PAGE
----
Located at the crossroads between Europe and Asia, Kazakhstan is in the right geographical spot to become an international co-producer, and now with a burgeoning local film industry, it’s developing the talent and the financing power too.
A large country with a small but ethnically diverse population of 15 million, Kazakhstan is the most stable and economically advanced of the Central Asian republics, and its film industry is the most developed in the region.
It’s already made a mark internationally with films co-produced with Europe, such as Nomad, Mongol: The Rise Of Genghis Khan and Sergei Dvortsevoy’s Tulpan, but the country’s output is expanding way beyond arthouse fare and historical epics about warriors on the steppes.
Recent local hit Tale Of A Pink Bunny, directed by Farkhat Sharipov, follows the spoilt offspring of Kazakhstan’s gas tycoons, while Akan Sataev’s Strayed, released earlier this year, is a metaphysical thriller about a family that gets lost in the steppes region.
Private investment is now entering the film industry, along with funding from state-owned Kazakhfilm Studios, and a new generation of directors is emerging that has been educated either in their own country, Moscow or New York.
However, the country’s cinema market is small and local films account for less than 10% of box-office takings while Hollywood films, imported by Russian distributors, account for around 70%. That drives the country’s interest in international co-production as it’s almost impossible to recoup at home.
Among projects that were being pitched at the Eurasia Film Festival in Almaty last week (Sep 21-25) were Egor Konchalovsky’s Return To A, about Kazakhs fighting in Afghanistan, and Amir Karakulov’s Unreal Love, a romantic drama set in the country’s futuristic capital, Astana.
Both are co-productions with Russia, an increasingly common trend as the Kazakh film industry becomes more commercially-minded and reaches out to the much larger Russian market.
Kazakhstan’s ties to its former Soviet master remain deep, although the country is striving to assert its own national identity. Russian is spoken by most of the population and Russian actors and directors regularly work on Kazakh films. One of Russia’s most internationally renowned directors, Timur Bekmambetov, has Kazakh roots and is developing a project with Kazakhfilm, The Code Of The Golden Warrior, based on local myths.
Kazakh filmmakers are also building relationships in Europe and Asia – productions such as Mongol combined talent and partners from both regions, positioning Kazakhstan as a key link on the new silk road of Eurasian collaboration. Also in the pipeline is a new project from Sataev – historical epic A Thousand Boys (Myn Bala) – which is being set up as a co-production with Europe and may also have Asian elements.
The $7m project, which is expected to start shooting next spring, follows events in the run-up to the Battle of Anyrakai in 1729 when the Kazakhs fought the invading Dzungar tribe. It’s being produced by Kazakhfilm along with Aliya Uvalzhanova (The Gift To Stalin) and Anna Katchko (Newsmakers). Kazakhfilm chief Ermek Amanshaev is executive producer.
“There are many talented people here who are eager to collaborate and a cinematic tradition that stretches back to Soviet times,” says the Russian-born Katchko, who is currently working between Moscow, Sweden and Kazakhstan.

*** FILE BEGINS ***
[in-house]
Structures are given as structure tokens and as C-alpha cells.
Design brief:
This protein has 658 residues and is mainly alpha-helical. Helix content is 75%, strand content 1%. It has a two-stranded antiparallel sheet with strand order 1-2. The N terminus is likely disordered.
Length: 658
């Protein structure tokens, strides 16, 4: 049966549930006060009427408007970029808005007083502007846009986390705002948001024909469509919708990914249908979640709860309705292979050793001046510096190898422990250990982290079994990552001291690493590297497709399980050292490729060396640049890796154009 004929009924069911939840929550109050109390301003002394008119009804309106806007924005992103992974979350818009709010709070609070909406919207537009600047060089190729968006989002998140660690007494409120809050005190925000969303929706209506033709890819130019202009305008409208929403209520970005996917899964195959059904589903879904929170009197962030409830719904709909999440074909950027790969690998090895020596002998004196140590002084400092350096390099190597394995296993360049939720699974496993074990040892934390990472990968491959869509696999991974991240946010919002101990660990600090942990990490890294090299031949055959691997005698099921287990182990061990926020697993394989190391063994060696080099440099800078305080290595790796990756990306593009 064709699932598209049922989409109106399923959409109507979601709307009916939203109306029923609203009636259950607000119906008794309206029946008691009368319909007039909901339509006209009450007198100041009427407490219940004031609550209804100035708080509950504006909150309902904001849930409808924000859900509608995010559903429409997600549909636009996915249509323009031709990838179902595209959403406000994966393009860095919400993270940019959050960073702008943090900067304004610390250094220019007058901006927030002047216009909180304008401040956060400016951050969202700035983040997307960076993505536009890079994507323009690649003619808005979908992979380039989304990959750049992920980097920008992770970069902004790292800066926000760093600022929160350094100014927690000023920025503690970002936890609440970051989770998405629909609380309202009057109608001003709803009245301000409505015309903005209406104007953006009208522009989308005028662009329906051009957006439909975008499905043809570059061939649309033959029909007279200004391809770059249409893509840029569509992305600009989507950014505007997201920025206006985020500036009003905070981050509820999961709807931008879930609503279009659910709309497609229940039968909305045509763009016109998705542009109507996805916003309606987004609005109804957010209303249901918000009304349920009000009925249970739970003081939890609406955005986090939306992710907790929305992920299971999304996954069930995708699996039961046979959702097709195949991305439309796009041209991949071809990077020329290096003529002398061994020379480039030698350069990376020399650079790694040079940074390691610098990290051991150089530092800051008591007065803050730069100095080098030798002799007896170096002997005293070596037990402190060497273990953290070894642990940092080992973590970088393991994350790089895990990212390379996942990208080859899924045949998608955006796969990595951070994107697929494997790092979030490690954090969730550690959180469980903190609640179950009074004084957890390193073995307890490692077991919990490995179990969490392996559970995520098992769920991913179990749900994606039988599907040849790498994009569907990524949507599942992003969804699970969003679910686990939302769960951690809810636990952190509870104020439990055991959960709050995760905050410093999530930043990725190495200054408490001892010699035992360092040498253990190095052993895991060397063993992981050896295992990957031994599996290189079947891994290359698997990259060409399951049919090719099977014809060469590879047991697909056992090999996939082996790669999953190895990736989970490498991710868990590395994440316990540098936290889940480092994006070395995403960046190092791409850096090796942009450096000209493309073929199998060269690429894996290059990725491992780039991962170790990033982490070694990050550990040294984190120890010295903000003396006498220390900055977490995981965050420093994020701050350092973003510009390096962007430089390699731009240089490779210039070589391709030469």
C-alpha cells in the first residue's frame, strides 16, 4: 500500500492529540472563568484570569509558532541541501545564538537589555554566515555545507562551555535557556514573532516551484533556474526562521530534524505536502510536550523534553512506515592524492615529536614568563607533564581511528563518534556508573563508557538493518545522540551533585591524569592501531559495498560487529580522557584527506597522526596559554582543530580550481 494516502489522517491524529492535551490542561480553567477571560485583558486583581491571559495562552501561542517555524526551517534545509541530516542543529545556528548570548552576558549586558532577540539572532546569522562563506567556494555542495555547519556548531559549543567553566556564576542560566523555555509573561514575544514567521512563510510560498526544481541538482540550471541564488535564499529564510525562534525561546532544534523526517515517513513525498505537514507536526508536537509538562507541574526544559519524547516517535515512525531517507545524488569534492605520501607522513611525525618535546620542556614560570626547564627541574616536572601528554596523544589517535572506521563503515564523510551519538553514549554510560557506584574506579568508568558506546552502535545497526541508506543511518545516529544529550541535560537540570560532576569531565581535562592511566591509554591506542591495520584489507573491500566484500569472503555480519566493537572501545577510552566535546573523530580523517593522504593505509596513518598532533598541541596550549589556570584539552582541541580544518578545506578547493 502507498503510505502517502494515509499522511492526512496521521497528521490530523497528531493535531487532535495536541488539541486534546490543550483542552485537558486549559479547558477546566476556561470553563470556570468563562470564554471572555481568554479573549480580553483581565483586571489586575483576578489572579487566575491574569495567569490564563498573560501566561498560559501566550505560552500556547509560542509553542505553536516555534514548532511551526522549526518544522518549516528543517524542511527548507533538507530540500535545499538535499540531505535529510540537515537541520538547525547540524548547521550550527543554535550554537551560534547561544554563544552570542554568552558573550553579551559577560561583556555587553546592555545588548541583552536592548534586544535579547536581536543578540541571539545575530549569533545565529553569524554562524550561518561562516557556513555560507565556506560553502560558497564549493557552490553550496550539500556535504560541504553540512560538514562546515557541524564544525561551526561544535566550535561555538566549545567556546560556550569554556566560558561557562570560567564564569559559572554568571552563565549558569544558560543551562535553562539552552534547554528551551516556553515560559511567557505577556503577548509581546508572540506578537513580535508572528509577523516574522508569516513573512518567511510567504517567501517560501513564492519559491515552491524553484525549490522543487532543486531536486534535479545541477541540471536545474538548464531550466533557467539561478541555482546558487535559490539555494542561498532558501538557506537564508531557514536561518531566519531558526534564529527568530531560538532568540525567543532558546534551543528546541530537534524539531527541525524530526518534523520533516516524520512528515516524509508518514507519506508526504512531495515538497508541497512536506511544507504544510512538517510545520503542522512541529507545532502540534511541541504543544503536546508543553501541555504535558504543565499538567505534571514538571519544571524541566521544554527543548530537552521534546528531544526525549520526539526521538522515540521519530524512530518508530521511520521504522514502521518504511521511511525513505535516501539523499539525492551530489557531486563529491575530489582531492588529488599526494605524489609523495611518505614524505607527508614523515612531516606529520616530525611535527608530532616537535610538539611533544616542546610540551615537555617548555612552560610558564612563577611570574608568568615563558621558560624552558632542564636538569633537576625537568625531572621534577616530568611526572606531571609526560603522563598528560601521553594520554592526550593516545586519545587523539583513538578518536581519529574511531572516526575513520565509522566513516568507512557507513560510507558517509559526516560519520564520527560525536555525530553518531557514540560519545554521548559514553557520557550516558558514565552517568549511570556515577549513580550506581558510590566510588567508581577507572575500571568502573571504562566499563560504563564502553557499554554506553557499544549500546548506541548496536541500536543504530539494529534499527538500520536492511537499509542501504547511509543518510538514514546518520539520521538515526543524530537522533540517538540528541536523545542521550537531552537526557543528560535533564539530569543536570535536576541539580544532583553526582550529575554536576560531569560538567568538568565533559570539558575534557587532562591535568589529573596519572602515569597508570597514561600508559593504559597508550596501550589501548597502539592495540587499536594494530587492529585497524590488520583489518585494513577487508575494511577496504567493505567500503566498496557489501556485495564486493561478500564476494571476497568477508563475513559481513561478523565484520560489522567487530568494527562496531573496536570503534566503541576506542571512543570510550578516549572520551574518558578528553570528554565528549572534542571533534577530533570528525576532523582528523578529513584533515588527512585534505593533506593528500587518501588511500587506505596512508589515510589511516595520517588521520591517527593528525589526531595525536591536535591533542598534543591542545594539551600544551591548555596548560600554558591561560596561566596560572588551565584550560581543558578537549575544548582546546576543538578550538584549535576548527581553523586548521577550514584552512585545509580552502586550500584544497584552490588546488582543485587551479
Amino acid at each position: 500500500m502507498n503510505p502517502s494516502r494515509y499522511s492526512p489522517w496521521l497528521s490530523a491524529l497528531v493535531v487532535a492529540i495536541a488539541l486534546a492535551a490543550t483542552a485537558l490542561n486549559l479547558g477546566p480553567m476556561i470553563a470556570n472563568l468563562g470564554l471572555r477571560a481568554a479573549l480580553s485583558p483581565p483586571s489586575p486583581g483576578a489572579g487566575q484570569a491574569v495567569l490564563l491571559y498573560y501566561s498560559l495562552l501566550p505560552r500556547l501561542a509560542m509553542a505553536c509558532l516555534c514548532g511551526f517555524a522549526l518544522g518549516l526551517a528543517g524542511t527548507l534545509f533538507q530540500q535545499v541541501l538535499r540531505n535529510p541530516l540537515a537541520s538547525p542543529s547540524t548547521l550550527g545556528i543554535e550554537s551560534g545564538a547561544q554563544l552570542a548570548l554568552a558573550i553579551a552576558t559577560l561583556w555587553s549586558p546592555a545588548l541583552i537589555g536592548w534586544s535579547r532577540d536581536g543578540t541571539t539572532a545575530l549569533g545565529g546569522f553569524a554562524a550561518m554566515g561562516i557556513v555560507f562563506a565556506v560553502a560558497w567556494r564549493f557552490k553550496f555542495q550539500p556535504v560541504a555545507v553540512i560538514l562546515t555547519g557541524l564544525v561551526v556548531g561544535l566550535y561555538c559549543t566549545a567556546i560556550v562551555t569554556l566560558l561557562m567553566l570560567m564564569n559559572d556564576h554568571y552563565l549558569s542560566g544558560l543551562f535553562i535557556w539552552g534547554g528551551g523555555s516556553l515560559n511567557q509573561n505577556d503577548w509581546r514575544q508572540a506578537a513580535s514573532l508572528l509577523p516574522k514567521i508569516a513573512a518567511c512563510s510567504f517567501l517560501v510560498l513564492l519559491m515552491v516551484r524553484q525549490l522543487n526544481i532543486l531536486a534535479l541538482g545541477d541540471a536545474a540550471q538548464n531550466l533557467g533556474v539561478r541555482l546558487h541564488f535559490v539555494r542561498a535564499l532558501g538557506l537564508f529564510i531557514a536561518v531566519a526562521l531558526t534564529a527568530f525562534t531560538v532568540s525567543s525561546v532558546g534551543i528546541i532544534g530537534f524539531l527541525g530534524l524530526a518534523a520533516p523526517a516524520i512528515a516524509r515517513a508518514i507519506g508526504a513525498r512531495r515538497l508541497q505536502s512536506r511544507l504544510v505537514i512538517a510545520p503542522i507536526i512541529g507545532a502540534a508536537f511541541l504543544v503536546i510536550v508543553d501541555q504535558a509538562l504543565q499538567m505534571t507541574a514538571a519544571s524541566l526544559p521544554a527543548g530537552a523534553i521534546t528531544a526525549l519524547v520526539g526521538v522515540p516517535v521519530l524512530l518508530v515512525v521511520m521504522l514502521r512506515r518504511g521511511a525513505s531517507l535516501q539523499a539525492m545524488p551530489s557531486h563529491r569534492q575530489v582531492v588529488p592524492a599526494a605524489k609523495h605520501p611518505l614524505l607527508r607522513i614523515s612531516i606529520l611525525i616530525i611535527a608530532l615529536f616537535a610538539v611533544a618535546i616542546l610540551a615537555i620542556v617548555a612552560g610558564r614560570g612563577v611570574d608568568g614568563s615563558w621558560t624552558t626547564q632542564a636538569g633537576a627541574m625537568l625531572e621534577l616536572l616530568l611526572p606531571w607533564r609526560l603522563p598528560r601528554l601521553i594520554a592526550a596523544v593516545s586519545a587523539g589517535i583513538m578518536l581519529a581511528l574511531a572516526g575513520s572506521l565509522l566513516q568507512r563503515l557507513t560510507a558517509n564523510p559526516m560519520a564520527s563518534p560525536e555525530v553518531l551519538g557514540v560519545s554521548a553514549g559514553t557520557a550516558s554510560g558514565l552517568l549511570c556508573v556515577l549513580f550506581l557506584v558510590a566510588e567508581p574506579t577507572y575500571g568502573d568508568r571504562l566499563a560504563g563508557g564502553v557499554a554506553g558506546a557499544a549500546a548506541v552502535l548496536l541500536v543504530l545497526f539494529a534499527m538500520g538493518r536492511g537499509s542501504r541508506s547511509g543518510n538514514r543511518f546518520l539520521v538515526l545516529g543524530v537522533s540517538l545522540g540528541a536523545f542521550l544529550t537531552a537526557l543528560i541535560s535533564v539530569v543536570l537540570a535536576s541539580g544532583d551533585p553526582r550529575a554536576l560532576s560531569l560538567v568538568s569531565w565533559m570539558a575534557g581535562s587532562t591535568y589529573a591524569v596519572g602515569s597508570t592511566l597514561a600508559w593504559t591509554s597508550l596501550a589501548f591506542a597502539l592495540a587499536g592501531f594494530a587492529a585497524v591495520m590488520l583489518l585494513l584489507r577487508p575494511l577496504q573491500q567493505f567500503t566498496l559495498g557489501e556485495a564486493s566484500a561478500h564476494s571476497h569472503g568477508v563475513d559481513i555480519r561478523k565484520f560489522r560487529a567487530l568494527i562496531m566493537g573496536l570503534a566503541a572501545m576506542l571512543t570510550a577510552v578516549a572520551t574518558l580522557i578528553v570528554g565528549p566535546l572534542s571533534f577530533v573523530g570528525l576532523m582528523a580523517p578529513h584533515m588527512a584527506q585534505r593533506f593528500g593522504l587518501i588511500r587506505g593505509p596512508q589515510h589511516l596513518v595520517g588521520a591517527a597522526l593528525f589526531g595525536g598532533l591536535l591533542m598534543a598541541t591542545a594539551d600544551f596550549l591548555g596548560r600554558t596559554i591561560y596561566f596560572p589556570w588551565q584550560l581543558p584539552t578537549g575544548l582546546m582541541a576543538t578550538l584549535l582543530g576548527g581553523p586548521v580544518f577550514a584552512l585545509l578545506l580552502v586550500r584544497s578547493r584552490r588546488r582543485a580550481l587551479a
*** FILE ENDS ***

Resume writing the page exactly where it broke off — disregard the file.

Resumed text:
“We’ve found a strong partner here and a young generation of directors who have the ability to open up to the world – all of which makes Kazakhstan really interesting.”
While private finance is increasingly available in this country, which is riding high on its oil and gas reserves, the state-owned studios continue to back more than half of the country’s feature film production.
Over the last few years, Kazakhfilm has also invested an undisclosed sum in renovating its sound stages and post-production facilities to international standards. It has also established an animation studio which is working on its first feature-length animation, Yer Tostik, based on local myths.
“There was a downtrend during which Kazakhstan was producing just two or three films a year, but we’ve introduced new processes and changed the structure of company and output is rising to more than 20 films annually,” says Didar Amantai, Kazakhfilm’s head of script development.
“We’re also putting more funds into marketing local films, both in Kazakhstan and in overseas markets, including Russia.”
Kazakhfilm is ploughing an estimated $70m into all forms of production, including film, TV and animation, over a three-year period. This funding is open to films co-produced by Kazakhfilm and foreign partners. Projects should involve Kazakh talent or deal with local subjects and themes, although they don’t have to be in the Kazakh language.
Kazakhstan also has a much more relaxed censorship system than some other Central and East Asian countries – pretty much everything is tolerated, so long as it doesn’t criticise the government or stir up inter-ethnic conflict.
It also looks as if next year could mark a coming of age for Kazakhstan – the country will celebrate 20 years of independence and host the 2011 Asian Winter Games in Astana and Almaty, all of which should help repair the international image of the country created by a certain Sacha Baron Cohen movie.
Meanwhile, recent productions such as Ermek Tursunov’s Kelin, which was short-listed for this year’s foreign-language Oscars, and Sabit Kurmanbekov’s coming-of-age story Seker mark this as a territory that is exciting cinematically.
With so much energy and an outward-looking attitude, it seems unlikely that Kazakhstan and its ambitious local film industry will remain unchartered territory for long.